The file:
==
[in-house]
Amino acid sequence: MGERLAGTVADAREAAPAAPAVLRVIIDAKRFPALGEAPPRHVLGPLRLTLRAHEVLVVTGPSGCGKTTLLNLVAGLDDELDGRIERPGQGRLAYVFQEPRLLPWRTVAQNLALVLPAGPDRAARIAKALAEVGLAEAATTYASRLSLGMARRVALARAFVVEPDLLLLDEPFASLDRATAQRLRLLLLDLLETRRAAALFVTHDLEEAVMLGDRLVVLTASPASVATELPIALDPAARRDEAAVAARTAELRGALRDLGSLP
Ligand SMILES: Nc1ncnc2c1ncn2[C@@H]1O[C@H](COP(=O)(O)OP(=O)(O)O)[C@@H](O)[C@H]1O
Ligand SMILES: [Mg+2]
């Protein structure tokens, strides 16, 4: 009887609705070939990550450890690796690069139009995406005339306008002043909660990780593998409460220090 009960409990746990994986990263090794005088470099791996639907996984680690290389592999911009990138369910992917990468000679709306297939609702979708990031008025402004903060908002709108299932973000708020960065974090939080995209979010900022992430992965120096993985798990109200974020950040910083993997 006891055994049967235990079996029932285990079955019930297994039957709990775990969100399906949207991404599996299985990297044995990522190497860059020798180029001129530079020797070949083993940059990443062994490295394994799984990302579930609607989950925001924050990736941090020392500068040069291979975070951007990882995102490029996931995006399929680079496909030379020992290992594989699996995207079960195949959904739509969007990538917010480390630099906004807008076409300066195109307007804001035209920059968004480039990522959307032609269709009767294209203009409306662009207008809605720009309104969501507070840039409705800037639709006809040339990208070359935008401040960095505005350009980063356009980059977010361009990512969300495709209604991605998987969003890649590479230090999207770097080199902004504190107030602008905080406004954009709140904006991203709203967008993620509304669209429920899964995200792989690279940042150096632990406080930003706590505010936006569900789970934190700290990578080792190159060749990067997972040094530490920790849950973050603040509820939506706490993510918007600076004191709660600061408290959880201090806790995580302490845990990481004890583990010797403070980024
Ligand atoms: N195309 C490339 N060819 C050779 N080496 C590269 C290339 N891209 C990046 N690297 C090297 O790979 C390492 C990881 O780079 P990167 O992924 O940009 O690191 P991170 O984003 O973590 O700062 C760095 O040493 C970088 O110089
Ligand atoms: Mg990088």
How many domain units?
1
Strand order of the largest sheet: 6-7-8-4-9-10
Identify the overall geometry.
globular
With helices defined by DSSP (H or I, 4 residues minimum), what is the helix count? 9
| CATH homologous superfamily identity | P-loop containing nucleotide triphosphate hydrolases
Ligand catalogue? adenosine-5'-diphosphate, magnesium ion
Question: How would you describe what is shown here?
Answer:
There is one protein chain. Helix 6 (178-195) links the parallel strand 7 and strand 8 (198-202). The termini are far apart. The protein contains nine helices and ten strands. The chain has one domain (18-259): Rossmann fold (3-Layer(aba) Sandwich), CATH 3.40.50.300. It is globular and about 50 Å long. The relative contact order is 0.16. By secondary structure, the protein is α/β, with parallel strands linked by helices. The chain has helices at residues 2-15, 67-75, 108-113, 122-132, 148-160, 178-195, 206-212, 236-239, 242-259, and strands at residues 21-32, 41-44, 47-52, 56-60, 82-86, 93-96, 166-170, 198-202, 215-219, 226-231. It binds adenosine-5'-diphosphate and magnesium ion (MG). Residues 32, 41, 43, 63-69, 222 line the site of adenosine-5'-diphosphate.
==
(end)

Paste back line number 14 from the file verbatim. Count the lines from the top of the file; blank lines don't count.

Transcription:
| CATH homologous superfamily identity | P-loop containing nucleotide triphosphate hydrolases